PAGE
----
A duty of care is a legal responsibility the law imposes on people to conduct themselves in ways that do not cause harm to others. The universal duty that someone owes someone else is to act in a reasonable manner. The circumstances of a situation will determine what conduct is reasonable. Actual conduct is compared to that of a ‘reasonable person’ whose conduct sets the standard for appropriate behavior. Duties of care may be expressly imposed by laws or they may be implied from the activities undertaken or the relationships of the people involved. For example, drivers have a duty to exercise caution and care when operating motor vehicles on the roadways. Property owners have a duty to ensure that their premises is free from hazards and dangers. Nursing homes have a duty to care appropriately for their residents. In all of these cases, a person or entity has a legal responsibility to behave in a prudent manner to ensure the safety of others.

Breach of Duty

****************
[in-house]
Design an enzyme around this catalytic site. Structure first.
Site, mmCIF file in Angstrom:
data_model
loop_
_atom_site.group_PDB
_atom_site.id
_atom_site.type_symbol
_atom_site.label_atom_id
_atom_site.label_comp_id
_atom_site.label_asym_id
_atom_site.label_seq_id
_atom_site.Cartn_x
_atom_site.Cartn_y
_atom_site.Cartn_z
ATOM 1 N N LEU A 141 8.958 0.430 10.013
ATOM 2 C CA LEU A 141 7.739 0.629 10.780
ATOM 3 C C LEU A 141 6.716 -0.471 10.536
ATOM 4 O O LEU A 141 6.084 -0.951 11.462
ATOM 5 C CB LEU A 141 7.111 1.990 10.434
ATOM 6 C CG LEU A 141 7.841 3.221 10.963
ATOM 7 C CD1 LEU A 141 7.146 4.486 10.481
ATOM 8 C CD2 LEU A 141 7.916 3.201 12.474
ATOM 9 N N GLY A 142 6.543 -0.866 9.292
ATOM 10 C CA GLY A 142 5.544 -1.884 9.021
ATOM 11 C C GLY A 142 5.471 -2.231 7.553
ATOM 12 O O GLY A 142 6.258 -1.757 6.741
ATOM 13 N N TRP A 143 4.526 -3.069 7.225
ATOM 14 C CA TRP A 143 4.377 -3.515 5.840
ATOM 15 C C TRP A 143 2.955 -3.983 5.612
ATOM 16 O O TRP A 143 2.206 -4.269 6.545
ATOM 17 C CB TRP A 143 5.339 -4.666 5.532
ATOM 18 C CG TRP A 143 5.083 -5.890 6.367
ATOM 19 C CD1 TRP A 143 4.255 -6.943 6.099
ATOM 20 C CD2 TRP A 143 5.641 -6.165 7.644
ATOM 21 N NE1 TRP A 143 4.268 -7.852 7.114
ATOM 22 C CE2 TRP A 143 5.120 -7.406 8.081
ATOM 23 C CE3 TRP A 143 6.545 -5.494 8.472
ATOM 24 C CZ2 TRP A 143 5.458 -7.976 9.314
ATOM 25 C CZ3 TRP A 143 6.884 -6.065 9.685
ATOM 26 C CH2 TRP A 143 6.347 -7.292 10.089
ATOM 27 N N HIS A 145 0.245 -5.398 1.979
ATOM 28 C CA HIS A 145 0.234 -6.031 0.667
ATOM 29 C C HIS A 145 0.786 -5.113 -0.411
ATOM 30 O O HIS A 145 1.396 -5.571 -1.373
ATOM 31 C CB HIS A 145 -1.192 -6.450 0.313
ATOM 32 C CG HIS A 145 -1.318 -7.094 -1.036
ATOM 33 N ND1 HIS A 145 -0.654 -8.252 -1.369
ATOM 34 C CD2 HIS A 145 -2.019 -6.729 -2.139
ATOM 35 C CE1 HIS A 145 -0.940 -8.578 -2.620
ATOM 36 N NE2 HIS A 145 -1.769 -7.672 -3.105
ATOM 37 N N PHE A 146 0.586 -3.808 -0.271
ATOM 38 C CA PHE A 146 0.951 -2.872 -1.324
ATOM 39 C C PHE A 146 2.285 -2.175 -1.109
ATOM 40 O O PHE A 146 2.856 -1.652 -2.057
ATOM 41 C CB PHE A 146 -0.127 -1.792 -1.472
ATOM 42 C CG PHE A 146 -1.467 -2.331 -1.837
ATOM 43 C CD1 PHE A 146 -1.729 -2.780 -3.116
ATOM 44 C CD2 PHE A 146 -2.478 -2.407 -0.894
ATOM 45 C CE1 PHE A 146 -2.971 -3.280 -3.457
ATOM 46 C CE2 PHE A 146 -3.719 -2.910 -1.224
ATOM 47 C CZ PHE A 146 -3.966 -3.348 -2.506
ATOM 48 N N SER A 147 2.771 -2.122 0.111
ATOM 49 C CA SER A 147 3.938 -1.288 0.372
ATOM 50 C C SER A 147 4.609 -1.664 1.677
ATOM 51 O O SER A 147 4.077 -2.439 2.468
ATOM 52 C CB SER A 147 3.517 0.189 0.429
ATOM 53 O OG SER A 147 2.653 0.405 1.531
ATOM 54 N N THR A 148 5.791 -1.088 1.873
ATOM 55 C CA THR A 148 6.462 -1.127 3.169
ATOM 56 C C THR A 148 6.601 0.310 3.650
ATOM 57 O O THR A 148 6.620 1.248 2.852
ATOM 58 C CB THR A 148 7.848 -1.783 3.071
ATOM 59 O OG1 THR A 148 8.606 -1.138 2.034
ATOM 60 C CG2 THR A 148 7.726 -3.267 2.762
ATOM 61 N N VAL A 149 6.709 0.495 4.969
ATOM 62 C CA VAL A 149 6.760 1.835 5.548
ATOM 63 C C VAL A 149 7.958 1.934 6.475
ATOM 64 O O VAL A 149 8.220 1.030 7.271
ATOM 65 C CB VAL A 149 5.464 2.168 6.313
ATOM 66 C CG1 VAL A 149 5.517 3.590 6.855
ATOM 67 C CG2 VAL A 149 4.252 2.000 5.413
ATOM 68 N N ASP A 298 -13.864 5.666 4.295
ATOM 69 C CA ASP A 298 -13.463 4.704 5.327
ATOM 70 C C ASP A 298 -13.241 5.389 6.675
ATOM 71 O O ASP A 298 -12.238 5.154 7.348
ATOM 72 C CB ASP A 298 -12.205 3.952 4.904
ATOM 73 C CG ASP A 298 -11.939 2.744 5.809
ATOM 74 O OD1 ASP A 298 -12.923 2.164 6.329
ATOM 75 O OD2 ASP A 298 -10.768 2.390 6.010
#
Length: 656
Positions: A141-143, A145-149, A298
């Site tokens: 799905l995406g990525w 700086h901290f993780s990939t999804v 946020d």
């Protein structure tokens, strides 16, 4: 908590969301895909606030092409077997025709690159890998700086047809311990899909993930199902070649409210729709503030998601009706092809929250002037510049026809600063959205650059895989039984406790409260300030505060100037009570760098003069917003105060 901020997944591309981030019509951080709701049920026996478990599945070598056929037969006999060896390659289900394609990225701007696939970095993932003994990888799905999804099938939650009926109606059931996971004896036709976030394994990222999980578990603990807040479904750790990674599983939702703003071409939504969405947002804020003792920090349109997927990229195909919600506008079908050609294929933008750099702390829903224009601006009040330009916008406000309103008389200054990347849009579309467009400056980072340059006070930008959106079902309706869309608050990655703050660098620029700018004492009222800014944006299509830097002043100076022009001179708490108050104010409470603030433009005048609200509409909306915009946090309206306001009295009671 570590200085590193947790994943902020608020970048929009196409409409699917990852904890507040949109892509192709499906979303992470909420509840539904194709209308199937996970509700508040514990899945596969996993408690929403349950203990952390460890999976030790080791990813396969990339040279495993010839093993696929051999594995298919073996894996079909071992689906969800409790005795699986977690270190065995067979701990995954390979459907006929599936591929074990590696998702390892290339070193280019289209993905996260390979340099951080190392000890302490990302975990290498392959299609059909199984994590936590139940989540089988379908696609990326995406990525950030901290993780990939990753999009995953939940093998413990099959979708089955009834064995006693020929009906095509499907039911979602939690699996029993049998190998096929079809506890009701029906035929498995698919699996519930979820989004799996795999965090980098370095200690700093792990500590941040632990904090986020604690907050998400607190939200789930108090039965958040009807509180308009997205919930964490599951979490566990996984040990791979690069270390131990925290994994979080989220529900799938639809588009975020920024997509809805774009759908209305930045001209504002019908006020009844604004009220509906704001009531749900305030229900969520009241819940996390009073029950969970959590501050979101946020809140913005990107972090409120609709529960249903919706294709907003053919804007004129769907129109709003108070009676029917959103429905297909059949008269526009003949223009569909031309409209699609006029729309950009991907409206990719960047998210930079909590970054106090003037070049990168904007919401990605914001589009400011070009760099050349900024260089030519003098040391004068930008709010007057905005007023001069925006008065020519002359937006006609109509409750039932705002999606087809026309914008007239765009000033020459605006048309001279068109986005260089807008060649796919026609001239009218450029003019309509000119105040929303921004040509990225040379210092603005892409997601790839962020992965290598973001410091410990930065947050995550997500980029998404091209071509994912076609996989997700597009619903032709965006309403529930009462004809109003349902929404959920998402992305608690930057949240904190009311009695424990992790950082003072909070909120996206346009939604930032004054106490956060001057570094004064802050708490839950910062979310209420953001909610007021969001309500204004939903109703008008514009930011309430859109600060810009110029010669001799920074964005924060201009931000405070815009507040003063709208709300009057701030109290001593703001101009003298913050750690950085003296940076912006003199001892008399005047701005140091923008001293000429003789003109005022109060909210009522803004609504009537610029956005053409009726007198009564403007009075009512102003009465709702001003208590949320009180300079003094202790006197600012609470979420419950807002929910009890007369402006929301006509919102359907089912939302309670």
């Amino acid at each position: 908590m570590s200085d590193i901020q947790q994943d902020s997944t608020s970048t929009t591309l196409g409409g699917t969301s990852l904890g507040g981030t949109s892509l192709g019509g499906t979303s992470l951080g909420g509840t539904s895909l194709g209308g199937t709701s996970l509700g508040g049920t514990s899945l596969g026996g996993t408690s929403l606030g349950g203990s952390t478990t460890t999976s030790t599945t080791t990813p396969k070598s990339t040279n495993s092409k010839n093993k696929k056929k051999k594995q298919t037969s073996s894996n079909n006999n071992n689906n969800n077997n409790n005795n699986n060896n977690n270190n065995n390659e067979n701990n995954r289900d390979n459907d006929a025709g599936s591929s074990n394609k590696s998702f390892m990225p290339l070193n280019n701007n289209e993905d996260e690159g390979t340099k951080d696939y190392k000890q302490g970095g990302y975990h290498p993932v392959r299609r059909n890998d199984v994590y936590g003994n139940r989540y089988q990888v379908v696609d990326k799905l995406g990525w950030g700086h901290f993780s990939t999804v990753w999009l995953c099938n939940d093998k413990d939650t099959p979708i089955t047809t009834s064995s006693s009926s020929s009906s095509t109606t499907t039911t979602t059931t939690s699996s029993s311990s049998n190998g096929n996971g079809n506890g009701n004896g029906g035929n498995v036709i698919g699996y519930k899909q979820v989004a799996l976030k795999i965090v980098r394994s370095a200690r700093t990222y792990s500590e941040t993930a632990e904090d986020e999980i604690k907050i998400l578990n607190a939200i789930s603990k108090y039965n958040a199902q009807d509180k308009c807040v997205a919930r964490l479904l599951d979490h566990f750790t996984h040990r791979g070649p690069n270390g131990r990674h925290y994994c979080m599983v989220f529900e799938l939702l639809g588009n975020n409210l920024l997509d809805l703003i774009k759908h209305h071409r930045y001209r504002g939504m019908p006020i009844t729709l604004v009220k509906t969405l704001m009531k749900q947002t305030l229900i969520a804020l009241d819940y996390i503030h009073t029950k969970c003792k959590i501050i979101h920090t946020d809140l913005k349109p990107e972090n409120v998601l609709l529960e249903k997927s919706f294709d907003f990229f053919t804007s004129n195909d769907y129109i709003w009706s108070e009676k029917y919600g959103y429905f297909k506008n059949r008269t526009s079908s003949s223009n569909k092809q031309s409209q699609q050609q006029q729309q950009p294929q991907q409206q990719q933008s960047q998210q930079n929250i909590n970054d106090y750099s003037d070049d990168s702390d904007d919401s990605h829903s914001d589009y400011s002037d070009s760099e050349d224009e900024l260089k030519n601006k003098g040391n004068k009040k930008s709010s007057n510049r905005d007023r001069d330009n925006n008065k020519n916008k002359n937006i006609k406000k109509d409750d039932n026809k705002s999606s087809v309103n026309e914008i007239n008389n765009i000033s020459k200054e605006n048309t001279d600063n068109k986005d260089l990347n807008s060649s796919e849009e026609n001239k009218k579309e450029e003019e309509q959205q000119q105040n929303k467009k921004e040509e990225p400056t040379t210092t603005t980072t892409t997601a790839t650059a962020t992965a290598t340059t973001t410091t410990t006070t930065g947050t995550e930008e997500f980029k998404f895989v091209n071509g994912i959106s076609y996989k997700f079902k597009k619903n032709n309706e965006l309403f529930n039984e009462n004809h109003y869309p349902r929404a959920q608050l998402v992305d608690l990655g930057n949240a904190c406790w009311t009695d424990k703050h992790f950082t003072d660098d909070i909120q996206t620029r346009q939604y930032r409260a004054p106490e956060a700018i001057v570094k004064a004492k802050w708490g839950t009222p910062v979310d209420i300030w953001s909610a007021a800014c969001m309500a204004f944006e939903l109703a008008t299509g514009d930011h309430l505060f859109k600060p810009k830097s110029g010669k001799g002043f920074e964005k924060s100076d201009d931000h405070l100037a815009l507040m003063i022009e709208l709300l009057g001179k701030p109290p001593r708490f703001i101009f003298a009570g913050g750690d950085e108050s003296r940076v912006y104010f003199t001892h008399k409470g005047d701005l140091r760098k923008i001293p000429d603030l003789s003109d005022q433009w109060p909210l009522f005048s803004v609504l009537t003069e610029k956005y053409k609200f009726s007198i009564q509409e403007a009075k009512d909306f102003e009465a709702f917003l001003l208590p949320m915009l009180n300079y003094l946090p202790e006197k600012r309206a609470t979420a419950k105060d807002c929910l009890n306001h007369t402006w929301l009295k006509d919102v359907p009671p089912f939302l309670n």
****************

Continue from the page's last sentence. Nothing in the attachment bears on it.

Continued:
Once the appropriate duty of care is established, the facts must show that the conduct of the negligent party did not meet the required standard. Breaching the standard of care may be proven by what a person or entity did, or failed to do, that resulted in some sort of injury or loss to the victim.


Proving causation means showing the connection between the negligent party’s conduct and the injuries to the victim. For personal injury cases in Georgia, two causal connections need to be established:

  • Actual cause – The victim’s injuries would not have occurred without the actions of the negligent party.
  • Proximate cause – The victim’s injuries were a reasonably foreseeable consequence of the negligent party’s conduct.


Damages are the losses caused to the victim by a person’s negligent actions. Damages can include harm to property, physical or mental injuries, or the collateral impact on quality of life. Damages for victims can potentially include actual financial losses, such as medical bills or loss of wages, or can include non-economic losses such as emotional trauma or mental anguish. Evidence of non-economic damages often comes from healthcare providers and other medical experts.

Ordinary Negligence vs. Negligence Per Se